Wednesday, January 04, 2006

Only One Miner Survived Coal Mine Explosion Despite Earlier Reports of Multiple Survivors, 12 Miners Found Dead

TALLMANSVILLE, W.Va. (Jan. 4) - Jubilant family members celebrated news early Wednesday that 12 miners were pulled alive from the scene of an underground explosion, only to learn nearly three hours later that they had been misled and just one miner actually survived. The chief executive of the mine blamed the stunning error on a misunderstood conversation overheard between rescuers and the command center overseeing rescue efforts. Families learned of the deaths from mine officials more than three hours after Gov. Joe Manchin said he had been told 12 of the miners survived the disaster. The sole survivor of the disaster was hospitalized, a doctor said. International Coal Group Chief Executive Officer Ben Hatfield told the families that only one miner, Randal McCloy, survived the explosion. Hatfield told the families gathered at the Sago Baptist Church that "there had been a lack of communication, that what we were told was wrong and that only one survived," said John Groves, whose brother Jerry Groves was one of the trapped miners. At that point, chaos broke out in the church and a fight started. Hatfield said the erroneous information spread rapidly when people overheard phone calls between rescuers and the rescue command center. In reality, rescuers had confirmed finding 12 miners and were checking their vital signs, he said. "The initial report from the rescue team to the command center indicated multiple survivors," Hatfield said during a news conference. "That information spread like wildfire, because it had come from the command center. It quickly got out of control." Hatfield said the company waited to correct the information until it knew more about the rescue. On Tuesday, mine officials found extremely dangerous levels of carbon monoxide in the part of the mine where the men where believed to have been. The odorless, colorless gas can be lethal at high doses. At lower levels, it can cause headaches, dizziness, disorientation, nausea, fatigue and brain damage. Rescue crews found the body of a 13th miner earlier Tuesday evening and said they were holding out hope that the others were still alive, even as precious time continued to slip away. International Coal Group Inc. never confirmed that the 12 other men were alive. A relative at the church said a mine foreman called relatives there, saying the miners had been found. A few minutes after word came, the throng, several hundred strong, broke into a chorus of the hymn "How Great Thou Art," in a chilly, night air. There were hugs and tears among the crowd outside the Sago Baptist Church near the mine, about 100 miles northeast of Charleston. The miners had been trapped 260 feet below the surface of the mine since an explosion early Monday. The body was found about 700 feet from a mine car, and it appeared the employee was working on a beltline, which brings coal out of the mine, said Ben Hatfield, chief executive officer for ICG of Ashland, Ky. Michelle Mouser of Morgantown said her family believed the dead miner was her uncle, Terry Helms. The mine car was empty, which led rescuers to believe the others may have been safe somewhere else in the mine. Associated Press writers Vicki Smith, Jennifer C. Yates and Mark Williams in Tallmansville contributed to this report.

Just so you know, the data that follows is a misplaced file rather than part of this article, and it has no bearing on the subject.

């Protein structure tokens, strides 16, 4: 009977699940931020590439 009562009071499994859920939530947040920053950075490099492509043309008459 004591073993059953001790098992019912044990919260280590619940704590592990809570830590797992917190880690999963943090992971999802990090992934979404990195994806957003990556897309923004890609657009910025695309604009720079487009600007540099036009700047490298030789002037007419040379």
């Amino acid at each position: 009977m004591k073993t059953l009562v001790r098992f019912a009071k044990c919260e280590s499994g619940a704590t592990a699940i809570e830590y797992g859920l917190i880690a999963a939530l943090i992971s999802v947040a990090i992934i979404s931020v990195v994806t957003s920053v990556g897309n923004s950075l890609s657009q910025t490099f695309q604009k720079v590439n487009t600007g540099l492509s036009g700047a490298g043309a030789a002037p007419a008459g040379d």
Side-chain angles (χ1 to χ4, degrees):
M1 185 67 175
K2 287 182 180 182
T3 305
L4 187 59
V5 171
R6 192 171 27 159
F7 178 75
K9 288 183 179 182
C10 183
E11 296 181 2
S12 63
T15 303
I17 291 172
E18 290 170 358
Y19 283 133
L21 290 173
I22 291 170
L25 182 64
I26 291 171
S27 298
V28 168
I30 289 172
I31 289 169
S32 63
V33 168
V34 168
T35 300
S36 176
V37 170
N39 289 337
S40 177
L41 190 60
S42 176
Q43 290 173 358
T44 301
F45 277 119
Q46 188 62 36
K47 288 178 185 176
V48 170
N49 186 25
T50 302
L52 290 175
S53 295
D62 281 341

Source: http://aolsvc.news.aol.com/news/article.adp?id=20060102114609990005&ncid=NWS00010000000001

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